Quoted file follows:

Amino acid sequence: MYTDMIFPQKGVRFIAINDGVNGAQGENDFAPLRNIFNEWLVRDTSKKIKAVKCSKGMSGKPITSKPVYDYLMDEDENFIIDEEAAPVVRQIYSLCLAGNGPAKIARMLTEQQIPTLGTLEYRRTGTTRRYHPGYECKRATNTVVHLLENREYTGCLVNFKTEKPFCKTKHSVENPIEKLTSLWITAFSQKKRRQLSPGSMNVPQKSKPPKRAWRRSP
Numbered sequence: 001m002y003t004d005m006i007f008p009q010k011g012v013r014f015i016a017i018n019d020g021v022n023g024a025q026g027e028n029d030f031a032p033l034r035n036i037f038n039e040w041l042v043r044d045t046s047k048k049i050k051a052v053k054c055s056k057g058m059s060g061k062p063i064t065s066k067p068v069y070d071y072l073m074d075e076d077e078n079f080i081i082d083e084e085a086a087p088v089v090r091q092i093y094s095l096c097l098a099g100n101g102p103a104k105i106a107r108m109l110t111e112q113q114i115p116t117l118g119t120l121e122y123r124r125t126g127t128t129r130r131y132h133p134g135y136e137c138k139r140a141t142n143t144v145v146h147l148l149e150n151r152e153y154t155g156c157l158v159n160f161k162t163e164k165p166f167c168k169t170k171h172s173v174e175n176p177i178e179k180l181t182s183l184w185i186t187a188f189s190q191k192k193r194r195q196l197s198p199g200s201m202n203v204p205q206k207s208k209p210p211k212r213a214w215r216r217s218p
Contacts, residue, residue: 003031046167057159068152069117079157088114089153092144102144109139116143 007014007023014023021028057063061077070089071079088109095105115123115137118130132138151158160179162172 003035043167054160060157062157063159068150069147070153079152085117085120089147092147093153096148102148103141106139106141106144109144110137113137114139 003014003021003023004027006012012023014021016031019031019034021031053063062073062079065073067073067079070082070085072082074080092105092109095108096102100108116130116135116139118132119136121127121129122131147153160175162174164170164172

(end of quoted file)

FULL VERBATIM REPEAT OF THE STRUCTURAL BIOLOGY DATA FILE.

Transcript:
Amino acid sequence: MYTDMIFPQKGVRFIAINDGVNGAQGENDFAPLRNIFNEWLVRDTSKKIKAVKCSKGMSGKPITSKPVYDYLMDEDENFIIDEEAAPVVRQIYSLCLAGNGPAKIARMLTEQQIPTLGTLEYRRTGTTRRYHPGYECKRATNTVVHLLENREYTGCLVNFKTEKPFCKTKHSVENPIEKLTSLWITAFSQKKRRQLSPGSMNVPQKSKPPKRAWRRSP
Numbered sequence: 001m002y003t004d005m006i007f008p009q010k011g012v013r014f015i016a017i018n019d020g021v022n023g024a025q026g027e028n029d030f031a032p033l034r035n036i037f038n039e040w041l042v043r044d045t046s047k048k049i050k051a052v053k054c055s056k057g058m059s060g061k062p063i064t065s066k067p068v069y070d071y072l073m074d075e076d077e078n079f080i081i082d083e084e085a086a087p088v089v090r091q092i093y094s095l096c097l098a099g100n101g102p103a104k105i106a107r108m109l110t111e112q113q114i115p116t117l118g119t120l121e122y123r124r125t126g127t128t129r130r131y132h133p134g135y136e137c138k139r140a141t142n143t144v145v146h147l148l149e150n151r152e153y154t155g156c157l158v159n160f161k162t163e164k165p166f167c168k169t170k171h172s173v174e175n176p177i178e179k180l181t182s183l184w185i186t187a188f189s190q191k192k193r194r195q196l197s198p199g200s201m202n203v204p205q206k207s208k209p210p211k212r213a214w215r216r217s218p
Contacts, residue, residue: 003031046167057159068152069117079157088114089153092144102144109139116143 007014007023014023021028057063061077070089071079088109095105115123115137118130132138151158160179162172 003035043167054160060157062157063159068150069147070153079152085117085120089147092147093153096148102148103141106139106141106144109144110137113137114139 003014003021003023004027006012012023014021016031019031019034021031053063062073062079065073067073067079070082070085072082074080092105092109095108096102100108116130116135116139118132119136121127121129122131147153160175162174164170164172